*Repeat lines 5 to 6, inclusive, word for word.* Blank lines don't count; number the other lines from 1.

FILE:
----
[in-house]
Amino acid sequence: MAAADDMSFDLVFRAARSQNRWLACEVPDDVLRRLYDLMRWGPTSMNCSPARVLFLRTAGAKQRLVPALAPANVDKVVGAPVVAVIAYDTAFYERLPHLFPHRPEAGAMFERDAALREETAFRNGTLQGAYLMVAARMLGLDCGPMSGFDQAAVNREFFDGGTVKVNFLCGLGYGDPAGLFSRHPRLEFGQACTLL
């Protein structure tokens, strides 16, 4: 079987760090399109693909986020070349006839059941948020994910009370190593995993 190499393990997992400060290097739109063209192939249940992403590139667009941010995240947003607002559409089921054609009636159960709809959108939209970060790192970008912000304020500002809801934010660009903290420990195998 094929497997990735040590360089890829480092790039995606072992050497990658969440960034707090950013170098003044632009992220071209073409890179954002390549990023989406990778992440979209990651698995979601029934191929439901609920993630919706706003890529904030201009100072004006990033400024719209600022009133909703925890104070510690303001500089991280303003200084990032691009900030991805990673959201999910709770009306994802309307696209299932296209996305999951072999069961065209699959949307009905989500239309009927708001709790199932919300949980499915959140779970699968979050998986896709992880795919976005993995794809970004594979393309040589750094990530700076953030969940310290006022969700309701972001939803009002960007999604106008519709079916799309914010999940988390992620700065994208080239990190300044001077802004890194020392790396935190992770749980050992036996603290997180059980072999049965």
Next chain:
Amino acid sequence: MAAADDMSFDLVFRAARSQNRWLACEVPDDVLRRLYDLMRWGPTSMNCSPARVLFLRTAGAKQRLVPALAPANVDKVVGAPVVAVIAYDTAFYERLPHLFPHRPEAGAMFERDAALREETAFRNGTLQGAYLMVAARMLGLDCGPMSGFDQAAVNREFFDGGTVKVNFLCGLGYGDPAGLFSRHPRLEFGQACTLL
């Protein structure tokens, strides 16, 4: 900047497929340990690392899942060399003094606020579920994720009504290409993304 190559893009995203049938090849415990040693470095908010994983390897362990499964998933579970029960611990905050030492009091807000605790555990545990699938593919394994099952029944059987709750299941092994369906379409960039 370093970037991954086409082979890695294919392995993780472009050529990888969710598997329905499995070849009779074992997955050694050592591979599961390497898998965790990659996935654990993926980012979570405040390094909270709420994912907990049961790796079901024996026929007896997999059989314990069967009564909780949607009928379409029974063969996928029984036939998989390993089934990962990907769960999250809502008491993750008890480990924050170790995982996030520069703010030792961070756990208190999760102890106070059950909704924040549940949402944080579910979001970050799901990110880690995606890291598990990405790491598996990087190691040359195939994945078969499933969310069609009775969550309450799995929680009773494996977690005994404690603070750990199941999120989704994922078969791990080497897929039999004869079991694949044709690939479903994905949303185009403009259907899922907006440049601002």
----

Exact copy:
Amino acid sequence: MAAADDMSFDLVFRAARSQNRWLACEVPDDVLRRLYDLMRWGPTSMNCSPARVLFLRTAGAKQRLVPALAPANVDKVVGAPVVAVIAYDTAFYERLPHLFPHRPEAGAMFERDAALREETAFRNGTLQGAYLMVAARMLGLDCGPMSGFDQAAVNREFFDGGTVKVNFLCGLGYGDPAGLFSRHPRLEFGQACTLL
């Protein structure tokens, strides 16, 4: 900047497929340990690392899942060399003094606020579920994720009504290409993304 190559893009995203049938090849415990040693470095908010994983390897362990499964998933579970029960611990905050030492009091807000605790555990545990699938593919394994099952029944059987709750299941092994369906379409960039 370093970037991954086409082979890695294919392995993780472009050529990888969710598997329905499995070849009779074992997955050694050592591979599961390497898998965790990659996935654990993926980012979570405040390094909270709420994912907990049961790796079901024996026929007896997999059989314990069967009564909780949607009928379409029974063969996928029984036939998989390993089934990962990907769960999250809502008491993750008890480990924050170790995982996030520069703010030792961070756990208190999760102890106070059950909704924040549940949402944080579910979001970050799901990110880690995606890291598990990405790491598996990087190691040359195939994945078969499933969310069609009775969550309450799995929680009773494996977690005994404690603070750990199941999120989704994922078969791990080497897929039999004869079991694949044709690939479903994905949303185009403009259907899922907006440049601002």